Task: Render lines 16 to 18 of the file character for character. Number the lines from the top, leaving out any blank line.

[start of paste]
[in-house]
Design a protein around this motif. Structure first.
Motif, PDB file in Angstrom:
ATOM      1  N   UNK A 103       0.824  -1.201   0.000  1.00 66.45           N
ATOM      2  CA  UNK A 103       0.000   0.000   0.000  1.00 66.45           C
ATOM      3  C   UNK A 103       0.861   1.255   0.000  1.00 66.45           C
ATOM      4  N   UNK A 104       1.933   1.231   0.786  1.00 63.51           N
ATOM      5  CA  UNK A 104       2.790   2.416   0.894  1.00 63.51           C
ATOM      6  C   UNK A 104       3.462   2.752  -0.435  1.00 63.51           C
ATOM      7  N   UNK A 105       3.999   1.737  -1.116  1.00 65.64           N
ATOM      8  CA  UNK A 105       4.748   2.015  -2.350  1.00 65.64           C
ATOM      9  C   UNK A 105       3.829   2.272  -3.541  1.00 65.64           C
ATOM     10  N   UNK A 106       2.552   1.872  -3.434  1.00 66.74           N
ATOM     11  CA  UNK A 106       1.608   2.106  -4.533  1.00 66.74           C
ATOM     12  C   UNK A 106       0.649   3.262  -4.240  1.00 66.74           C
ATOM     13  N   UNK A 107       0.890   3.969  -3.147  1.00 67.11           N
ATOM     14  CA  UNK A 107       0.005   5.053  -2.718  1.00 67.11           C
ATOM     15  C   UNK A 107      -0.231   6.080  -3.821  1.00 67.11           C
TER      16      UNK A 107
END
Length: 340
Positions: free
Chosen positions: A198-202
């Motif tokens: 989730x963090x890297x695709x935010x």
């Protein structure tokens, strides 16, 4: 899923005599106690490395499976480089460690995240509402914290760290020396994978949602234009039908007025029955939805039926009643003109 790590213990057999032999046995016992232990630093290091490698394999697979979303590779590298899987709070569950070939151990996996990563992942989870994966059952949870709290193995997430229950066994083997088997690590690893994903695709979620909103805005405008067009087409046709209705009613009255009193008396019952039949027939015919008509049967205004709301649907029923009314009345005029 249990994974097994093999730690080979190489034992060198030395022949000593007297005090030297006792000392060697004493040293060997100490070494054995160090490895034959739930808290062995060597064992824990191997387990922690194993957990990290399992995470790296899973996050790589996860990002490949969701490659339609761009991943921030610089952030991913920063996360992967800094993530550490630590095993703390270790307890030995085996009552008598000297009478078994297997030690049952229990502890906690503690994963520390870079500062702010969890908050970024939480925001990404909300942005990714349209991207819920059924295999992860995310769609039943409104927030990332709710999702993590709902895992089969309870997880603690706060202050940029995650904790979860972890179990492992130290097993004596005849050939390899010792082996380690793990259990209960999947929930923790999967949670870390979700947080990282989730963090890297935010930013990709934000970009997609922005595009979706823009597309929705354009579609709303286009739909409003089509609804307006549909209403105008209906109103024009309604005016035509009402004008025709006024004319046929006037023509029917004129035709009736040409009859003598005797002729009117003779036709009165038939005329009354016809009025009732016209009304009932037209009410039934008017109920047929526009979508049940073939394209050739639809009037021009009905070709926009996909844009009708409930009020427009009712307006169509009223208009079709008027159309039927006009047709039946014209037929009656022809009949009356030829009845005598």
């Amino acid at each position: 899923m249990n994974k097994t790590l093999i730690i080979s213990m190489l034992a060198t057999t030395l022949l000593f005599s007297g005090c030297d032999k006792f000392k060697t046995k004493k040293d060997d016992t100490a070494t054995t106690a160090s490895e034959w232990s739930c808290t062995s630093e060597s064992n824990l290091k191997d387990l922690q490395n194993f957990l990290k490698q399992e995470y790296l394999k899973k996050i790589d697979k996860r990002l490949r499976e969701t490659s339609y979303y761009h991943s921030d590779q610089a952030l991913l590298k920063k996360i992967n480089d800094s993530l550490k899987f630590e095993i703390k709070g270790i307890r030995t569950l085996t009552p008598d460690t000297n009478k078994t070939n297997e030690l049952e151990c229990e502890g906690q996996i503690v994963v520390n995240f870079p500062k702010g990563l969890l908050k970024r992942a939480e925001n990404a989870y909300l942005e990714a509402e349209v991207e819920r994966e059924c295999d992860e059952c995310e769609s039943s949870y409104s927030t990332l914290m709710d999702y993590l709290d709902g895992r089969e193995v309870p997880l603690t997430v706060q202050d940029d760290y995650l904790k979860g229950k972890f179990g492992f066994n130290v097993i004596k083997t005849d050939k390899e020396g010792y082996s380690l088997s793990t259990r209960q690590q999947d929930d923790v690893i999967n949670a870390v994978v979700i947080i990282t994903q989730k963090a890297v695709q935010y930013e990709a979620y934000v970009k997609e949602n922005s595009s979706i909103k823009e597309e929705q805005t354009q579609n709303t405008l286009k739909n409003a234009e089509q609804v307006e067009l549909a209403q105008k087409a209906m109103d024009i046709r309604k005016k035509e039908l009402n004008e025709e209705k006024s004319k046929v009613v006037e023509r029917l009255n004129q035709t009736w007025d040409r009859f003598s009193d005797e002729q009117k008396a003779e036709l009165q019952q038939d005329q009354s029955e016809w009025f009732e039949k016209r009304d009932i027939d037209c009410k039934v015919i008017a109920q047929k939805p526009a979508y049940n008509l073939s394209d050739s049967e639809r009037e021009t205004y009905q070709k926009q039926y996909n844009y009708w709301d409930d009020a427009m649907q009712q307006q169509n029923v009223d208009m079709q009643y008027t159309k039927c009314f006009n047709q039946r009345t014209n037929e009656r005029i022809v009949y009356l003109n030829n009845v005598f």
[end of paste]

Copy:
ATOM     13  N   UNK A 107       0.890   3.969  -3.147  1.00 67.11           N
ATOM     14  CA  UNK A 107       0.005   5.053  -2.718  1.00 67.11           C
ATOM     15  C   UNK A 107      -0.231   6.080  -3.821  1.00 67.11           C